#114
Feb2811, 12:03 PM

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http://rmp.aps.org/abstract/RMP/v64/i1/p321_1 http://pra.aps.org/abstract/PRA/v42/i4/p2467_1 http://pra.aps.org/abstract/PRA/v38/i1/p364_1 it's not a simple question to answer. 


#115
Feb2811, 01:42 PM

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Even so, that only holds for equilibrium: thermostatics or thermokinetics. It does not hold in the fully nonequilibrium case. Jou, CasasVazquez, and Lebon's "Externded Irreversible Thermodynamics" and Truesdell's "Rational Thermodynamics" both have godd discussions about this. 


#116
Feb2811, 02:32 PM

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There need not be an answer. 


#117
Feb2811, 03:09 PM

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Obviously, this is again an example taken from (statistical) mechanics. Therefore, the entropy that one might consider here is again related to the distribution of energy. And therefore this one more energyrelated entropy. If we consider that any information, in the end, needs a physical substrate to be stored, then effectively the whole world is mechanical and , in the end, any entropy could be related to an energy distribution. As long as there are no degenerate states, of course ... So the question about entropy and energy could be translated in: How much information is stored in degenerate states compared to how much is stored on energy levels? (in our universe) My guess goes for no degeneracy. Meaning that history of physics was right on the point since Boltzman: it would make sense to give energy dimensions to entropy!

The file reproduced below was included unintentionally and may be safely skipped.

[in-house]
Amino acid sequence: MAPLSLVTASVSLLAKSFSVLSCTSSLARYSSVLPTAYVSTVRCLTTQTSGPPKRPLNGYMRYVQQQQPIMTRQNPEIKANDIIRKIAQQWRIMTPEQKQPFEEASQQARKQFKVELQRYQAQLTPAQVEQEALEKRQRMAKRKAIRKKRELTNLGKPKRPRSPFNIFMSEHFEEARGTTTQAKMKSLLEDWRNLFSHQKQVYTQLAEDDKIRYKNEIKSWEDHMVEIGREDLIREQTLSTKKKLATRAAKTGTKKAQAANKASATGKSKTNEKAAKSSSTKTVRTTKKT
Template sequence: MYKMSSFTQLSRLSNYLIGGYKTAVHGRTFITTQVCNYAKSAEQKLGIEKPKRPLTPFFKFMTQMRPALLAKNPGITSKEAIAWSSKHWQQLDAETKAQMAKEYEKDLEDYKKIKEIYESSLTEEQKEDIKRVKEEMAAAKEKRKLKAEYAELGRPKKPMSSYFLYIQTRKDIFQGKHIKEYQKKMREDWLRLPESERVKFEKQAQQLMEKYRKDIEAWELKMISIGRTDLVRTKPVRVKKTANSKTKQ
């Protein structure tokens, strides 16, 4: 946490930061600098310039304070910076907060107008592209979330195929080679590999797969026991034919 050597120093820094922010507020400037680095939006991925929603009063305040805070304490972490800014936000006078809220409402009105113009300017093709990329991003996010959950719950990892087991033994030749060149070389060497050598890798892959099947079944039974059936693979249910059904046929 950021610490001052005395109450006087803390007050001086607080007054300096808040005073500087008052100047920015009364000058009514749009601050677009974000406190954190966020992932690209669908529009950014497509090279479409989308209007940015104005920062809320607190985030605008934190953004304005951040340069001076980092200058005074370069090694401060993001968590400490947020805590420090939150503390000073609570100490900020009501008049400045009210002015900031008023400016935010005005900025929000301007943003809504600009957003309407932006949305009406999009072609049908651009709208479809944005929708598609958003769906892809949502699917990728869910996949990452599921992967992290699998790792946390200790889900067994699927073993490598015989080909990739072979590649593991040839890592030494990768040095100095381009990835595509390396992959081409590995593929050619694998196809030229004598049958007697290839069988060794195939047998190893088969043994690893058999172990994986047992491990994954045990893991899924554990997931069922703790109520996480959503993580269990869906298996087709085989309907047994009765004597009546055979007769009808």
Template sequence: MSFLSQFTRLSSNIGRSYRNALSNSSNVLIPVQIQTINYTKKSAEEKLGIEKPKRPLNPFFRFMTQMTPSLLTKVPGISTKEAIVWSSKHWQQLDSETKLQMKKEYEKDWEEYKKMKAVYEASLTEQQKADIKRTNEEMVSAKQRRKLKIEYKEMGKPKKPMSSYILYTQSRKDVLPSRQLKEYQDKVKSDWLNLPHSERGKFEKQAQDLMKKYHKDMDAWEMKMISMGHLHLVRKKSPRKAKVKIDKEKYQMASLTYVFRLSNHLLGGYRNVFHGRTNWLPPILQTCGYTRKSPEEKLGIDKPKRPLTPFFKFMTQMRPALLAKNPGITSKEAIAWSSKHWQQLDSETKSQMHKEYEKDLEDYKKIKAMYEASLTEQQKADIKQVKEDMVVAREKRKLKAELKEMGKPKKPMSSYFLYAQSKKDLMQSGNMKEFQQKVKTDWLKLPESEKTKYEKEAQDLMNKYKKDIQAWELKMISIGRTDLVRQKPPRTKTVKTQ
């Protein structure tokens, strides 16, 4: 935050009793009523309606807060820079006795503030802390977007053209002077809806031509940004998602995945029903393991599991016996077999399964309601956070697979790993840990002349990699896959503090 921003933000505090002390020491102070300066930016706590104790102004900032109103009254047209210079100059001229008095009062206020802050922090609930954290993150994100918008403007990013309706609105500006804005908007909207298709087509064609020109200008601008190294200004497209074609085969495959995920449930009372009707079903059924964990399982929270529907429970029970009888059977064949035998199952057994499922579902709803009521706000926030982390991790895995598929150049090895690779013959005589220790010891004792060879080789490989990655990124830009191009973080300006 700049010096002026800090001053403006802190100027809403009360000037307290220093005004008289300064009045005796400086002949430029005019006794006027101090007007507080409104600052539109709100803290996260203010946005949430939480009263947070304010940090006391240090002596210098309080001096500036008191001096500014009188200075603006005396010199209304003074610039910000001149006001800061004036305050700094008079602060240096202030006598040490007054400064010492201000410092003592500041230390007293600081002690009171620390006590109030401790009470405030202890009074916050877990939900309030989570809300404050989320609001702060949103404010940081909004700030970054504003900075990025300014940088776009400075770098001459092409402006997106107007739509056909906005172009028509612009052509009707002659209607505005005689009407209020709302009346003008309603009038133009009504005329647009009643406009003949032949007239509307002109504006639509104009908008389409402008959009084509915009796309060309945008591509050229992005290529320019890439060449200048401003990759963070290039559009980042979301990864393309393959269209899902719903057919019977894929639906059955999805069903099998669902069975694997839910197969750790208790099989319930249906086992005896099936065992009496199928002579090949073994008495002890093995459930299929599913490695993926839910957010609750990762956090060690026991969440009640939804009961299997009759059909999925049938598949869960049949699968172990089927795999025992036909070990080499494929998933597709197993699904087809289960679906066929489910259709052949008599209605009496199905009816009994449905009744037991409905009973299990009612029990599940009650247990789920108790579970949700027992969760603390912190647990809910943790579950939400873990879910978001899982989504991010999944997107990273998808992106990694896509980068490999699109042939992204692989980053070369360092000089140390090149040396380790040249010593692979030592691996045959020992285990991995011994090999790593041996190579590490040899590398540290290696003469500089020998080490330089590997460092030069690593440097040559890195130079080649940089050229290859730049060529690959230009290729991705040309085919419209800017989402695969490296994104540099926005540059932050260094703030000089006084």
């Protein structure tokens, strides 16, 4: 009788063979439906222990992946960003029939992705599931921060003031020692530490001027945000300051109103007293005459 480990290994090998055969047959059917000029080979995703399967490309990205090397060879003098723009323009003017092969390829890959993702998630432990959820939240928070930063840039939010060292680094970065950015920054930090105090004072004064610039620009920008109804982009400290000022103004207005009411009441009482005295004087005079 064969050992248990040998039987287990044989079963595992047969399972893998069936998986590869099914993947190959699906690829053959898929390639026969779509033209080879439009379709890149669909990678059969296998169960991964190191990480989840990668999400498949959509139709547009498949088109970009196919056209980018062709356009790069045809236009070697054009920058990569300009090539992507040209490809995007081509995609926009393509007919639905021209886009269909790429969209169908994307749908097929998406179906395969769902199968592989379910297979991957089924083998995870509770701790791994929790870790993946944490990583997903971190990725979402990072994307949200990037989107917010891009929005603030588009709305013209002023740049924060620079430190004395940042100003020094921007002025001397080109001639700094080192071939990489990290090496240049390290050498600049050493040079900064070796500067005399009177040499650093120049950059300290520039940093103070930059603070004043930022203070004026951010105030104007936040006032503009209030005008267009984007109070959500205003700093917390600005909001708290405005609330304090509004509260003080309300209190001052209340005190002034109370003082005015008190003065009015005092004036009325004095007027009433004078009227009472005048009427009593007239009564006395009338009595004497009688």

#118
Feb2811, 08:19 PM

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How about this example laser light. Even though laser light has an exceedingly welldefined energy, it has *no* temperature: http://arxiv.org/abs/condmat/0209043 They specifically address the difficulty in assigning a temperature and an entropy to an outofequilibrium system: "Out of equilibrium, the entropy S lacks a clear functional dependence on the total energy E, and the deﬁnition of T becomes ambiguous." Again, laser light is a highly coherent state, is resistant to thermalization in spite of interacting with the environment, has a well defined energy and momentum, and yet has no clear entropy or temperature. 


#119
Mar111, 03:40 AM